I have generally made my own choice according to the procedures specified in the formula I was using. I've made breads that call for retardation in bulk, like Nury's Light Rye and Anis Bouabsa's baguettes, and I've made breads that are retarded after the loaves are formed, like most San Francisco-style sourdoughs. But I've never switched a recipe from one to the other, until today.


The bread I chose to make was Susan from San Diego's “Ultimate Sourdough.” I have made it several times before. I have made it without any cold retardation and with cold retardation of the formed loaves. I decided to see how it would turn out with overnight cold retardation in bulk.


Susan's formula makes one smallish boule. I generally double the recipe to make 2 small boules. This time, I tripled it to make two somewhat larger (22.5 oz) loaves. For your interest, I have included a table of ingredient quantities for one, two and three small loaves.


 


Ingredients

 

 

 

 

1 loaf

2 loaves

3 loaves

Active starter

12 gms

24 gms

36 gms

Water

175 gms

350 gms

525 gms

Whole Wheat Flour

25 gms

50 gms

75 gms

Hi-Gluten Flour

225 gms

450 gms

675 gms

Salt

5 gms

10 gms

15 gms

For this bake, I used KAF White Whole Wheat and Bob's Red Mill Organic Unbleached flours.

Procedures

 

  1. I dissolved the starter in the water in a large bowl
  2. Both flours were added to the water and mixed thoroughly.
  3. The bowl was covered tightly and the dough was allowed to rest (autolyse) for 20 minutes.
  4. The salt was then added and folded into the dough using a flexible dough scraper.
  5. After a 20 minutes rest, the dough was stretched and folded in the bowl for 20 strokes. This was repeated twice more at 20 minute intervals.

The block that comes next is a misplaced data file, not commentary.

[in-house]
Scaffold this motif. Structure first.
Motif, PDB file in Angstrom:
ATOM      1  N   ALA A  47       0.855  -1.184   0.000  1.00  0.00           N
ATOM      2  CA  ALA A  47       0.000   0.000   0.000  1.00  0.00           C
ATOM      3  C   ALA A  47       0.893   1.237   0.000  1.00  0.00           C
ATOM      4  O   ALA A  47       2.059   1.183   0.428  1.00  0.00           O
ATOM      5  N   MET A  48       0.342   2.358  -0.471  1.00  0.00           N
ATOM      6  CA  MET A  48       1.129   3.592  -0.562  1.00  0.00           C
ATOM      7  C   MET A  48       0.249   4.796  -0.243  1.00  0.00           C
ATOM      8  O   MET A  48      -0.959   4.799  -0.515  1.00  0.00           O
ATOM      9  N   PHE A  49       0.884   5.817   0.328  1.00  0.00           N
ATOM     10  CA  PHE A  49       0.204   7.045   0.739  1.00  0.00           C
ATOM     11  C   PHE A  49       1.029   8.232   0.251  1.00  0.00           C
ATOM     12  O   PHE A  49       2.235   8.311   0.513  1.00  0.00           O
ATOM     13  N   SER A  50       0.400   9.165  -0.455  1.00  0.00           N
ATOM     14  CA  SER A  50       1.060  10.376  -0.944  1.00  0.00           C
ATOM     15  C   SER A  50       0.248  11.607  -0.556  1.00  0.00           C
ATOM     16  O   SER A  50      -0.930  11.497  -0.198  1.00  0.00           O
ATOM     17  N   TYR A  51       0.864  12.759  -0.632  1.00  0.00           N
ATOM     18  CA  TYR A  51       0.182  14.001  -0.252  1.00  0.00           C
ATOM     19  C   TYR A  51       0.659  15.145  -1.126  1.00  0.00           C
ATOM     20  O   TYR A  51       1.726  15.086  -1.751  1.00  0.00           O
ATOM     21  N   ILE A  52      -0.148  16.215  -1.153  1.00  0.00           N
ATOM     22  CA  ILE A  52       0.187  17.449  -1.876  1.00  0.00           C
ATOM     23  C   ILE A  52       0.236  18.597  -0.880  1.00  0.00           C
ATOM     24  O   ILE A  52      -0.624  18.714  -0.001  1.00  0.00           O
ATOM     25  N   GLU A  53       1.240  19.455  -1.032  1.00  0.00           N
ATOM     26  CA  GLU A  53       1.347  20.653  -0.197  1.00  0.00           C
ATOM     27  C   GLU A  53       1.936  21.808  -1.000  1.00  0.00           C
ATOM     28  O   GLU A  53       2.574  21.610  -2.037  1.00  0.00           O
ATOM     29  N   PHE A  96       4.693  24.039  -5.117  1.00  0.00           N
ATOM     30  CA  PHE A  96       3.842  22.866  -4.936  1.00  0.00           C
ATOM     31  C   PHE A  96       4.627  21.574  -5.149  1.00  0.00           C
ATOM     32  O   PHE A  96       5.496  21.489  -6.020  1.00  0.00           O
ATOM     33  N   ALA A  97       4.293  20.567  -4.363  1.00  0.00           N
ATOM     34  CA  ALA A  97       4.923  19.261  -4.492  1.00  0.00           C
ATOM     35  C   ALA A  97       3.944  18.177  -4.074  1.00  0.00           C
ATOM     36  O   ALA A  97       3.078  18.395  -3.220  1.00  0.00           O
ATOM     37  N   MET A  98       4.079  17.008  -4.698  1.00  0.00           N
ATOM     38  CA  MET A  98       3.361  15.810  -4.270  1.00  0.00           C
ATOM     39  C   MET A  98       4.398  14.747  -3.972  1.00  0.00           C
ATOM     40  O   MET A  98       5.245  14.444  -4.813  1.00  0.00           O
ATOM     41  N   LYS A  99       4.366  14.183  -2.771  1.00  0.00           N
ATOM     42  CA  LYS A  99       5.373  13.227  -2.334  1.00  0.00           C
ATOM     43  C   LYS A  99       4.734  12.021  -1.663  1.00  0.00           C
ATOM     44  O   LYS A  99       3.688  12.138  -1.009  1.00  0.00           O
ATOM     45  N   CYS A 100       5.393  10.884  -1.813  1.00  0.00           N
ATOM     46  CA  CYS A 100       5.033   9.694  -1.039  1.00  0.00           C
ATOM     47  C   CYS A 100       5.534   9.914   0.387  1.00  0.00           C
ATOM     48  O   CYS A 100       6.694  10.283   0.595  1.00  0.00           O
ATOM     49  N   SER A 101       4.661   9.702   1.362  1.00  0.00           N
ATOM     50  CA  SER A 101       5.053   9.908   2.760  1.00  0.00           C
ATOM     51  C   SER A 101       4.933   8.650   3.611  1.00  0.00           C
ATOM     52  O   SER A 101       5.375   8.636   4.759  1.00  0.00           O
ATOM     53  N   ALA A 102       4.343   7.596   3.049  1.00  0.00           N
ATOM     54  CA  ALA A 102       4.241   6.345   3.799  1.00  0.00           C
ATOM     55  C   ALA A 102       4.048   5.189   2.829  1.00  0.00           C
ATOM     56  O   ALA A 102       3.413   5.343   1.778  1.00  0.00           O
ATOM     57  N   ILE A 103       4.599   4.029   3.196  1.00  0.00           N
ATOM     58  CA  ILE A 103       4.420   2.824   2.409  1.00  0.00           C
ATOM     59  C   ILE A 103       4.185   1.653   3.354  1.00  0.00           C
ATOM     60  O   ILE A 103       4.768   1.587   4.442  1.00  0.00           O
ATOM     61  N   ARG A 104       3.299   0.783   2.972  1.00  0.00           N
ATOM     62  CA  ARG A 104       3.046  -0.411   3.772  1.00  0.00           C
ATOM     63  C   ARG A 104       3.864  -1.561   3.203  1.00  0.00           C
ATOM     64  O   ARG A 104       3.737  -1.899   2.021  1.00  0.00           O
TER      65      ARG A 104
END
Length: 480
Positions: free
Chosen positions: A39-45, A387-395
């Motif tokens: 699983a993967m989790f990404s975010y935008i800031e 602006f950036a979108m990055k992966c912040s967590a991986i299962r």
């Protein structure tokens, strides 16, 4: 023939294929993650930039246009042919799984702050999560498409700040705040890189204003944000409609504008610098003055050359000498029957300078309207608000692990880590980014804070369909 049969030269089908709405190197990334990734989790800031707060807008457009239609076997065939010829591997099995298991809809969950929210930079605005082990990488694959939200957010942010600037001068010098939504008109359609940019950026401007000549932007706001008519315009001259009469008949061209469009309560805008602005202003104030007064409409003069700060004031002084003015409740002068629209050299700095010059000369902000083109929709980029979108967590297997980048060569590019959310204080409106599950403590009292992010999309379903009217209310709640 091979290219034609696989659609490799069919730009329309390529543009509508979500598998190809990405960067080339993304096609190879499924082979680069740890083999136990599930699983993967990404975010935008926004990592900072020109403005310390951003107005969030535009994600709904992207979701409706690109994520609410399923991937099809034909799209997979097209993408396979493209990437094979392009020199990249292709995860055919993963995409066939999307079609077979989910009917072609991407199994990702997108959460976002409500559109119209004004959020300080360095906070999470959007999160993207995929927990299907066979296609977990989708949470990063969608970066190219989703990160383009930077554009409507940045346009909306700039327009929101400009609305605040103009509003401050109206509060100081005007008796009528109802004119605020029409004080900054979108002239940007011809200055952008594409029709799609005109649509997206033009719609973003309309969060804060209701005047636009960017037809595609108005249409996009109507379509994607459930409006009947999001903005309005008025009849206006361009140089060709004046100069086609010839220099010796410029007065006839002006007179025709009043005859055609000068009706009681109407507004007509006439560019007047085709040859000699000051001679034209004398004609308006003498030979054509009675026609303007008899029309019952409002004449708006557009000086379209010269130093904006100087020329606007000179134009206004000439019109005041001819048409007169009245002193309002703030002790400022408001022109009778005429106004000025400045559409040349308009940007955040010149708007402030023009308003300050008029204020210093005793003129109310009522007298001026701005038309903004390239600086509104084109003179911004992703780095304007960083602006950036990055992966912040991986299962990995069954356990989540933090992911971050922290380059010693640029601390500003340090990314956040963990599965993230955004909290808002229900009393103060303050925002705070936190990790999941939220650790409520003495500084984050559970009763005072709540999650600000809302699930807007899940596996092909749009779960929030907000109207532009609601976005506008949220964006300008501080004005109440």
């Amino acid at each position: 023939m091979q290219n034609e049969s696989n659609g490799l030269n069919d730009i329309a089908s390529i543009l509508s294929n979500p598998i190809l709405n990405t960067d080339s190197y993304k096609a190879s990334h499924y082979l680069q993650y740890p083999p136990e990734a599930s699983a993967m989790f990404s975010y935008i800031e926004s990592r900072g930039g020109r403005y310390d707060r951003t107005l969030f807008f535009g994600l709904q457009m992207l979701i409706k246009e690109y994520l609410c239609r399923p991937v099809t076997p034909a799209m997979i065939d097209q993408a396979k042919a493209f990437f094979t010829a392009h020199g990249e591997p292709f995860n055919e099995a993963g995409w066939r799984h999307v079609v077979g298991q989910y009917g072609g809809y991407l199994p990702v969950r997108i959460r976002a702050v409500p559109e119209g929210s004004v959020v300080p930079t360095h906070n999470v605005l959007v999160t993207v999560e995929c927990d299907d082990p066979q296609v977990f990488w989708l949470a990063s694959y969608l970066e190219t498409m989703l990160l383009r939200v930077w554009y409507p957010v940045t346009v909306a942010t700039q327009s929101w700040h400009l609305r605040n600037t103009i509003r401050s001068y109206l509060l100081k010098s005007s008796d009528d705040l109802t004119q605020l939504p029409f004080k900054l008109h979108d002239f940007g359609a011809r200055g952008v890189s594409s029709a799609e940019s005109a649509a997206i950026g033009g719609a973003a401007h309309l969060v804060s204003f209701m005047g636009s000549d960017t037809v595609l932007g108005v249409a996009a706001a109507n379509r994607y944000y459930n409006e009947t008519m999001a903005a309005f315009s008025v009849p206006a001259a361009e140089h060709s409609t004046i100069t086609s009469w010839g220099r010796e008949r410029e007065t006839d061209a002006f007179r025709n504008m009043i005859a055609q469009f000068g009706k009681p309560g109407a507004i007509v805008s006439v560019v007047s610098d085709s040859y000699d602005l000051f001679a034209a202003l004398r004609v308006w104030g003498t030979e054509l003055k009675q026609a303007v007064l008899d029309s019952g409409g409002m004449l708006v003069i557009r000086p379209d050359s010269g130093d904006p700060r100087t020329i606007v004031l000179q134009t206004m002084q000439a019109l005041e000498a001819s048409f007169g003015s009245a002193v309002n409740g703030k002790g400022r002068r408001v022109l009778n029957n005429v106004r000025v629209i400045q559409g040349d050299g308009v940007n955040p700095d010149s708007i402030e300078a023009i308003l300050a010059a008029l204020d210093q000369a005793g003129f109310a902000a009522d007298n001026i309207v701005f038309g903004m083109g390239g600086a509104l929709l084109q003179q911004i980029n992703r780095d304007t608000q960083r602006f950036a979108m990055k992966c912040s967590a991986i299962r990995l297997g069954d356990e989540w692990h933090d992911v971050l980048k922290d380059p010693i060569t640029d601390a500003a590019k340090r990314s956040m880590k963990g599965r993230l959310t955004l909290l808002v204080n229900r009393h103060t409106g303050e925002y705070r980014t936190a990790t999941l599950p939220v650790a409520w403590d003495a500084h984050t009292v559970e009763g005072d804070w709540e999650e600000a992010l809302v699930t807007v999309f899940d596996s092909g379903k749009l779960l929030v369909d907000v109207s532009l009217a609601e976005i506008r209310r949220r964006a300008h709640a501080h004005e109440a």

6. The dough was then transferred to a lightly oiled 2 liter glass measuring “cup” with a tightly fitting plastic cover and refrigerated (10 hours, overnight).
  7. The next morning, the dough had expanded very little. I took it out of the refrigerator and left it at room temperature. After 3 hours, it had expanded only slightly, and I was concerned how little gas formation was occurring. I transferred the dough to a lightly floured bench and did a single stretch and fold. The dough was then returned to the bowl. From that point, it became more active and doubled in another 2.5 to 3 hours.
  8. I then divided the dough into 2 equal parts. One was preshaped into a round and the other into a rectangle. After a 10 minute rest, I shaped one boule and one bâtard, each of which was placed in a floured banneton and then in a plastic bag to proof.
  9. I proofed the loaves until they were expanded by 75% or so. They were then transferred to a peel, slashed and transferred to a pre-heated baking stone. The oven was then steamed.
  10. The loaves were baked at 480F with steam for 10 minutes, then another 17 minutes at 460F without steam. They were left to dry for another 10 minutes in the turned off oven with the door ajar.

 

      The dough did not become too extensible during cold retardation. This may have been due to the very strong flour I used. However, I did find the crumb less chewy than expected. The crumb structure, on the other hand, was not appreciably different from what I got when I retarded formed loaves of this bread. There was no significant difference in the flavor. You might note, however, the absence of the "birds eyes" - the little bubbles of CO2 under the crust surface. 

      I would not hesitate to cold retard this bread in bulk again. When I do the cold retardation would be governed by my scheduling needs. The end result is about the same: Really good sourdough bread.

      David

      David